Ministry of Foreign Affairs Secretary of State Long Visalo (C) alongside General Sok Phal (2nd-R) of the Ministry of the Interior, speaking at a press conference today. (KT Photo: Chor Sokunthea)
PHNOM PENH, September 29, (Khmer Times) – In addition to the $35 million Australia has promised to pay Cambodia for the harboring of refugees, Australia will also help develop Cambodia’s refugee settlement capabilities.
Long Visalo, Cambodia’s minister for Foreign Affairs, expanded on some details about the deal and the incoming refugees at the Ministry of the Interior today.
“The Refugees from Australia will be temporarily stationed in Phnom Penh, to give them orientation in terms of acclimatizing and guiding them in settling in Cambodia,” he said.
“The final resettlement will not be in Phnom Penh, it is up to the Cambodian and Australian governments to determine the final location.”
“This Memorandum of Understanding is set for four years and can be amended, but we will need to inform Australia six months in advance,” he added.
Sok Phal, director general of Ministry of Interior’s immigration department, noted that fewer than 10 asylum seekers are expected to arrive in Cambodia during the first run of the resettlement program.
Australia will sponsor transportation and accommodation for basic living expenses, including access to schools for children.
If necessary, the Australian government will help develop the final settlement location to meet the standards of care required in the deal.
A certificate of declaration of refugee status will be issued to each person able to work in Cambodia.
The ability to sponsor other family members to immigrate to Cambodia from their country of origin will also be provided.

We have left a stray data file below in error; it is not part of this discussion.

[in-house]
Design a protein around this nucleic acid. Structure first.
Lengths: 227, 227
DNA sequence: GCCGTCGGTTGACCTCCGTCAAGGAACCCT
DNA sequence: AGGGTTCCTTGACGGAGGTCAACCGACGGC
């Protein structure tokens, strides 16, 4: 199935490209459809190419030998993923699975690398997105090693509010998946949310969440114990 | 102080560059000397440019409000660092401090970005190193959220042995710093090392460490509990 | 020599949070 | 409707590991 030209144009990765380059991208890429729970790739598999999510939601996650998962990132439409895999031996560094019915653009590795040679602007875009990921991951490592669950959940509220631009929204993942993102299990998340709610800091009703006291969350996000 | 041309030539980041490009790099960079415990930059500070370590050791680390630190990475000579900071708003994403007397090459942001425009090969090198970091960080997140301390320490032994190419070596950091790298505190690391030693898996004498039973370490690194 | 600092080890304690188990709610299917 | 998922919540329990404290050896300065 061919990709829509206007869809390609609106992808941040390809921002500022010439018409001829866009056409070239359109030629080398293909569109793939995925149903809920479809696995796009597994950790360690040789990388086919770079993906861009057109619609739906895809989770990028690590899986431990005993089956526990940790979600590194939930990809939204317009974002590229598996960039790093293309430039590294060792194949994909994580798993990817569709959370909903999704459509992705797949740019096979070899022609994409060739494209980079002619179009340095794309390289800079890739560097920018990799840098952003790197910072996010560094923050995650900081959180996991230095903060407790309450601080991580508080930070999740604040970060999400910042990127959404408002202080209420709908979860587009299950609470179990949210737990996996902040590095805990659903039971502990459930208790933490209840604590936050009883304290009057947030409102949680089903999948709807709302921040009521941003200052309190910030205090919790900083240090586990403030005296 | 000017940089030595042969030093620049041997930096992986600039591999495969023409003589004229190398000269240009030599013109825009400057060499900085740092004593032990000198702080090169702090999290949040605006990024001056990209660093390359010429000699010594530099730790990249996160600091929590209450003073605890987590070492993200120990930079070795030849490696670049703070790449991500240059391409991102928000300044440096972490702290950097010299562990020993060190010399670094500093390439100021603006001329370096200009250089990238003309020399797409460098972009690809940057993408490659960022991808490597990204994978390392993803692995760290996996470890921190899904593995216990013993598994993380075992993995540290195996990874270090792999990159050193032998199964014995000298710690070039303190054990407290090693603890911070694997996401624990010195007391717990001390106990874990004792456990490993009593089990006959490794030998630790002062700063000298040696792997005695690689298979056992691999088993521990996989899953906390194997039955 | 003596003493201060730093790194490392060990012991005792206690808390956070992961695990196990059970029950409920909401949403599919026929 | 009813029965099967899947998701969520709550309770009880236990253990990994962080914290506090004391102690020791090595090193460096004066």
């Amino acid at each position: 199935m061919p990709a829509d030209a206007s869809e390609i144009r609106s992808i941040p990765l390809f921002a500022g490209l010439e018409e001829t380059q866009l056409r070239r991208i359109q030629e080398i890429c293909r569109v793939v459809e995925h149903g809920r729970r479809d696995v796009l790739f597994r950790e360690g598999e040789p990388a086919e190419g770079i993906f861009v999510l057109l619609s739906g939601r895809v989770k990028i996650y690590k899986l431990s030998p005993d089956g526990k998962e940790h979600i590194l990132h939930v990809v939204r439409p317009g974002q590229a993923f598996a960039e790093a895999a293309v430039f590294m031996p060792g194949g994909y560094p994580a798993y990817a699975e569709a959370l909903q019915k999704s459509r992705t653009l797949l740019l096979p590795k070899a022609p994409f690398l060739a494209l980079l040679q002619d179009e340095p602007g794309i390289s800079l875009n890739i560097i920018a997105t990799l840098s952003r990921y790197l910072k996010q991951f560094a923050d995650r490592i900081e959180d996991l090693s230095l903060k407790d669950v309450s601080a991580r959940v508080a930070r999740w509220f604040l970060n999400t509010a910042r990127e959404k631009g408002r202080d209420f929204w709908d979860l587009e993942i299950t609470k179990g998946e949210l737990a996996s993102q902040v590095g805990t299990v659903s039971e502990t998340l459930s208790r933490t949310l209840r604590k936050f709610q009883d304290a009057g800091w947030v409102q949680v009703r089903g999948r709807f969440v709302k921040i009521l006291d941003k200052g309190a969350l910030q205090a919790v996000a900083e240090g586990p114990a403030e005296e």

All of the refugees will undergo health and background checks before entering the country.
Mr. Long Visalo emphasized that 12 months after entering Cambodia, the refugees will be given the option to return to their country of origin or stay and live in Cambodia.
“Cambodians arrived as refugees in the USA, France and Australia during the Khmer Rouge, so we should be humanitarian enough to help these refugees flee prosecution by giving them a chance in Cambodia,” Mr. Long Visalo remarked.
He added, “It is the obligation of Cambodia to accept these refugees because it part of the humanitarian work Cambodia must do as a member of the United Nations.”
Speaking on Australian TV, opposition leader Sam Rainsy was quick to criticize the deal, suggesting that the refugees are being dehumanized and being treated like commodities.
“I thought that it was not right when Cambodia accepted the deal because they are not goods. They are human being,” he said.
There are 91 documented refugees currently in Cambodia existing refugees already in Cambodia – none of whom were diverted from Australia.
Mr. Long Visalo suggested that Cambodia’s economy is better, more stable and more able to accept these refugees, now that poverty has been diminished.